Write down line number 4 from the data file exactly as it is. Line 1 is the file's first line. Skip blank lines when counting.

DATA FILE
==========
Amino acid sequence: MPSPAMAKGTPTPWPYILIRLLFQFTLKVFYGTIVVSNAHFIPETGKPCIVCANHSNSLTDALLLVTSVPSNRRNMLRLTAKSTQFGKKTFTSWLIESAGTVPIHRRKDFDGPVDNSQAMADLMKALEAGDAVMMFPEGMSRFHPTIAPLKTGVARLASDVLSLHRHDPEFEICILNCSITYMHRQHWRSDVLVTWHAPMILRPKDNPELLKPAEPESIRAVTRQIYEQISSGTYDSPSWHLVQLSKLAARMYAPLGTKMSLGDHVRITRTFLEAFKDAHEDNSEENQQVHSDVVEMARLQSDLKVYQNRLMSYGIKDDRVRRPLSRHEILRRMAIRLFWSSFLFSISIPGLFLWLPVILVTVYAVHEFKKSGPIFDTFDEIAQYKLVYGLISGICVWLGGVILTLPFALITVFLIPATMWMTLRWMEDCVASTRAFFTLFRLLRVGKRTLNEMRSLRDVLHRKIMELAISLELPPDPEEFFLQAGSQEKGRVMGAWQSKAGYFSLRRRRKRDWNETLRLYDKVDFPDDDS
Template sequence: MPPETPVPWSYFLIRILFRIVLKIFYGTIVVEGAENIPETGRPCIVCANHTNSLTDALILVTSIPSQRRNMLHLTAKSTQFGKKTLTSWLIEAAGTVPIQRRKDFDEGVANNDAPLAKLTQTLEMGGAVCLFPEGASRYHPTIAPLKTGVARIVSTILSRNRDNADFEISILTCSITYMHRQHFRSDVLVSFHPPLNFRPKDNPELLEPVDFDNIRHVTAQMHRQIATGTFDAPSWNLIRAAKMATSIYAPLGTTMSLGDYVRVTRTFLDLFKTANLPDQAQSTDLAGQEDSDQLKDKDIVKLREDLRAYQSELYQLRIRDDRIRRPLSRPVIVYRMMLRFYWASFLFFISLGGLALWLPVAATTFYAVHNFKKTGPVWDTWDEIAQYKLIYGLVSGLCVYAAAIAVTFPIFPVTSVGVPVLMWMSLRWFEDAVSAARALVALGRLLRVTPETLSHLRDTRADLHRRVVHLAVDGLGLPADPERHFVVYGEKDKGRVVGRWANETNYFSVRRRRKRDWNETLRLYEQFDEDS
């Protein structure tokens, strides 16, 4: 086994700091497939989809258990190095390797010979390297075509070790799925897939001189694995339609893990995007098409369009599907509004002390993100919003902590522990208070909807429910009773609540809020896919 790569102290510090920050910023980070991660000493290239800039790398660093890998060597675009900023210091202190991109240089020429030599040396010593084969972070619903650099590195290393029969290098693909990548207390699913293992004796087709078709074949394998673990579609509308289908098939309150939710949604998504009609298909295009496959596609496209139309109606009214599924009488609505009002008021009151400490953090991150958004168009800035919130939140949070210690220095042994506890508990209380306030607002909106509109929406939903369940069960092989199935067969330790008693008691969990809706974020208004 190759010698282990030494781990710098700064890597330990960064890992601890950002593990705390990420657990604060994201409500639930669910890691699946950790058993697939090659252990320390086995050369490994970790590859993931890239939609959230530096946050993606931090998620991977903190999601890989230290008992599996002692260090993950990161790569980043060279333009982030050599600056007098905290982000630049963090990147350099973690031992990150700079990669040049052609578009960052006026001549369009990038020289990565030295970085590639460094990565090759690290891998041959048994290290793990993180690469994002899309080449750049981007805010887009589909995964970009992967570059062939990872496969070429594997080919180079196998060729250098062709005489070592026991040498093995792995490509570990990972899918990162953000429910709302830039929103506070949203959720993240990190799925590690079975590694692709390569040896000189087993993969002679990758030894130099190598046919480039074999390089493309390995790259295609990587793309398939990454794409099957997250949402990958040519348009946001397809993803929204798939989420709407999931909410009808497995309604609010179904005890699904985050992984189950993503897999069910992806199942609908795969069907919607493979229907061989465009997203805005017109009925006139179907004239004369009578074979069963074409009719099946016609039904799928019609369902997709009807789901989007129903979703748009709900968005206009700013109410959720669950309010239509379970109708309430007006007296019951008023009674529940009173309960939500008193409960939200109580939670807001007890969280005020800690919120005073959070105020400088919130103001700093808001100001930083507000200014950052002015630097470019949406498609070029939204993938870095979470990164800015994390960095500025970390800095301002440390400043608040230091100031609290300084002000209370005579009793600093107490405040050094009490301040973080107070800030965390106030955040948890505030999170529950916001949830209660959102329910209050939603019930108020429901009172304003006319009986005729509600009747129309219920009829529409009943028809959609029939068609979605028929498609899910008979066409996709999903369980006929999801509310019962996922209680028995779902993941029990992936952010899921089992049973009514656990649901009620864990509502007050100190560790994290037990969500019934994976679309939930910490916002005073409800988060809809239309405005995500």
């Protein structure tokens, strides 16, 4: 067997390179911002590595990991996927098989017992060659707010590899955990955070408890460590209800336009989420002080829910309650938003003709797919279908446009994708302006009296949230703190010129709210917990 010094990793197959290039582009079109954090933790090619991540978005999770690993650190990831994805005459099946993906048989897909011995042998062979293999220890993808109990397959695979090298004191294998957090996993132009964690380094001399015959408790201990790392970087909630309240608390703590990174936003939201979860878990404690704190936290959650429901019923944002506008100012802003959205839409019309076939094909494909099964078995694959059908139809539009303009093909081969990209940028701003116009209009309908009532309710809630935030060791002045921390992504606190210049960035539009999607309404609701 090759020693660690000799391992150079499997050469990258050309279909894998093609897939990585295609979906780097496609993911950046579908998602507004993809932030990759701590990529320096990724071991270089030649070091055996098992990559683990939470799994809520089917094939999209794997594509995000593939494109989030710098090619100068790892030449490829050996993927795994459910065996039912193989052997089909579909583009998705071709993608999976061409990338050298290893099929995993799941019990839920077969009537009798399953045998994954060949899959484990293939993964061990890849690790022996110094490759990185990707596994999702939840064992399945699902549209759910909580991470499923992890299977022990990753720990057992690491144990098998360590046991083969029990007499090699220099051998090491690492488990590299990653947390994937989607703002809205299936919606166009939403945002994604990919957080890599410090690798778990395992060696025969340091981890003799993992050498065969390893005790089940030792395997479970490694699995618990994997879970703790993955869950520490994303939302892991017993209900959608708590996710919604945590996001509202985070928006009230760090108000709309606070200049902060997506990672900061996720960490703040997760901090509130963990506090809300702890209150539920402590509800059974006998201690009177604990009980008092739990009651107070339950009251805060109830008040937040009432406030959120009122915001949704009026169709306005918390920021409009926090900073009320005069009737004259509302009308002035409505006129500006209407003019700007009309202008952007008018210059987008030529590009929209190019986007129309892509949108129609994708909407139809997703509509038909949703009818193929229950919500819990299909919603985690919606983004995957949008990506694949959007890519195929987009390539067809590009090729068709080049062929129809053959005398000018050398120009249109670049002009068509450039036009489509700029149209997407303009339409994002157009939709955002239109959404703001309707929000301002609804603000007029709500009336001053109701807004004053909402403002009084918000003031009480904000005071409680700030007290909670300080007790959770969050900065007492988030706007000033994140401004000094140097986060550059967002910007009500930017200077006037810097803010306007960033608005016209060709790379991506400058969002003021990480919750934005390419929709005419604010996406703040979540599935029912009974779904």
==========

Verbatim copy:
């Protein structure tokens, strides 16, 4: 067997390179911002590595990991996927098989017992060659707010590899955990955070408890460590209800336009989420002080829910309650938003003709797919279908446009994708302006009296949230703190010129709210917990 010094990793197959290039582009079109954090933790090619991540978005999770690993650190990831994805005459099946993906048989897909011995042998062979293999220890993808109990397959695979090298004191294998957090996993132009964690380094001399015959408790201990790392970087909630309240608390703590990174936003939201979860878990404690704190936290959650429901019923944002506008100012802003959205839409019309076939094909494909099964078995694959059908139809539009303009093909081969990209940028701003116009209009309908009532309710809630935030060791002045921390992504606190210049960035539009999607309404609701 090759020693660690000799391992150079499997050469990258050309279909894998093609897939990585295609979906780097496609993911950046579908998602507004993809932030990759701590990529320096990724071991270089030649070091055996098992990559683990939470799994809520089917094939999209794997594509995000593939494109989030710098090619100068790892030449490829050996993927795994459910065996039912193989052997089909579909583009998705071709993608999976061409990338050298290893099929995993799941019990839920077969009537009798399953045998994954060949899959484990293939993964061990890849690790022996110094490759990185990707596994999702939840064992399945699902549209759910909580991470499923992890299977022990990753720990057992690491144990098998360590046991083969029990007499090699220099051998090491690492488990590299990653947390994937989607703002809205299936919606166009939403945002994604990919957080890599410090690798778990395992060696025969340091981890003799993992050498065969390893005790089940030792395997479970490694699995618990994997879970703790993955869950520490994303939302892991017993209900959608708590996710919604945590996001509202985070928006009230760090108000709309606070200049902060997506990672900061996720960490703040997760901090509130963990506090809300702890209150539920402590509800059974006998201690009177604990009980008092739990009651107070339950009251805060109830008040937040009432406030959120009122915001949704009026169709306005918390920021409009926090900073009320005069009737004259509302009308002035409505006129500006209407003019700007009309202008952007008018210059987008030529590009929209190019986007129309892509949108129609994708909407139809997703509509038909949703009818193929229950919500819990299909919603985690919606983004995957949008990506694949959007890519195929987009390539067809590009090729068709080049062929129809053959005398000018050398120009249109670049002009068509450039036009489509700029149209997407303009339409994002157009939709955002239109959404703001309707929000301002609804603000007029709500009336001053109701807004004053909402403002009084918000003031009480904000005071409680700030007290909670300080007790959770969050900065007492988030706007000033994140401004000094140097986060550059967002910007009500930017200077006037810097803010306007960033608005016209060709790379991506400058969002003021990480919750934005390419929709005419604010996406703040979540599935029912009974779904």